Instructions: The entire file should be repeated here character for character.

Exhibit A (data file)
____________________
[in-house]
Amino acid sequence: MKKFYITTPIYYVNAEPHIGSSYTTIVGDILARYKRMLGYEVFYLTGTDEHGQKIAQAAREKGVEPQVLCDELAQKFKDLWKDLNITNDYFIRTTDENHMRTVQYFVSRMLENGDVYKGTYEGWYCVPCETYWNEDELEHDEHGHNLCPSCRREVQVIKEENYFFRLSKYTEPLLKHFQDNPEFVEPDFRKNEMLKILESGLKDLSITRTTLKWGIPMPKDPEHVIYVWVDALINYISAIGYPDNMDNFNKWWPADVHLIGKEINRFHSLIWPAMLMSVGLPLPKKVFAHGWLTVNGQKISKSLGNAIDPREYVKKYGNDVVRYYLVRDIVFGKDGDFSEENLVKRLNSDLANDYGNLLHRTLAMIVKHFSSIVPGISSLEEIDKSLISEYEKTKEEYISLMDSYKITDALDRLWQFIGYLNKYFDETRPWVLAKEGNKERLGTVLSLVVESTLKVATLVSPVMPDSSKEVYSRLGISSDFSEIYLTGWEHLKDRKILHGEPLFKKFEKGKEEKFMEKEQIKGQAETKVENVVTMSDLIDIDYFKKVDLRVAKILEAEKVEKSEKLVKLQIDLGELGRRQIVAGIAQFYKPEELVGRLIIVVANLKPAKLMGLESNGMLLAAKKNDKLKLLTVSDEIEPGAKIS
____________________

[in-house]
Amino acid sequence: MKKFYITTPIYYVNAEPHIGSSYTTIVGDILARYKRMLGYEVFYLTGTDEHGQKIAQAAREKGVEPQVLCDELAQKFKDLWKDLNITNDYFIRTTDENHMRTVQYFVSRMLENGDVYKGTYEGWYCVPCETYWNEDELEHDEHGHNLCPSCRREVQVIKEENYFFRLSKYTEPLLKHFQDNPEFVEPDFRKNEMLKILESGLKDLSITRTTLKWGIPMPKDPEHVIYVWVDALINYISAIGYPDNMDNFNKWWPADVHLIGKEINRFHSLIWPAMLMSVGLPLPKKVFAHGWLTVNGQKISKSLGNAIDPREYVKKYGNDVVRYYLVRDIVFGKDGDFSEENLVKRLNSDLANDYGNLLHRTLAMIVKHFSSIVPGISSLEEIDKSLISEYEKTKEEYISLMDSYKITDALDRLWQFIGYLNKYFDETRPWVLAKEGNKERLGTVLSLVVESTLKVATLVSPVMPDSSKEVYSRLGISSDFSEIYLTGWEHLKDRKILHGEPLFKKFEKGKEEKFMEKEQIKGQAETKVENVVTMSDLIDIDYFKKVDLRVAKILEAEKVEKSEKLVKLQIDLGELGRRQIVAGIAQFYKPEELVGRLIIVVANLKPAKLMGLESNGMLLAAKKNDKLKLLTVSDEIEPGAKIS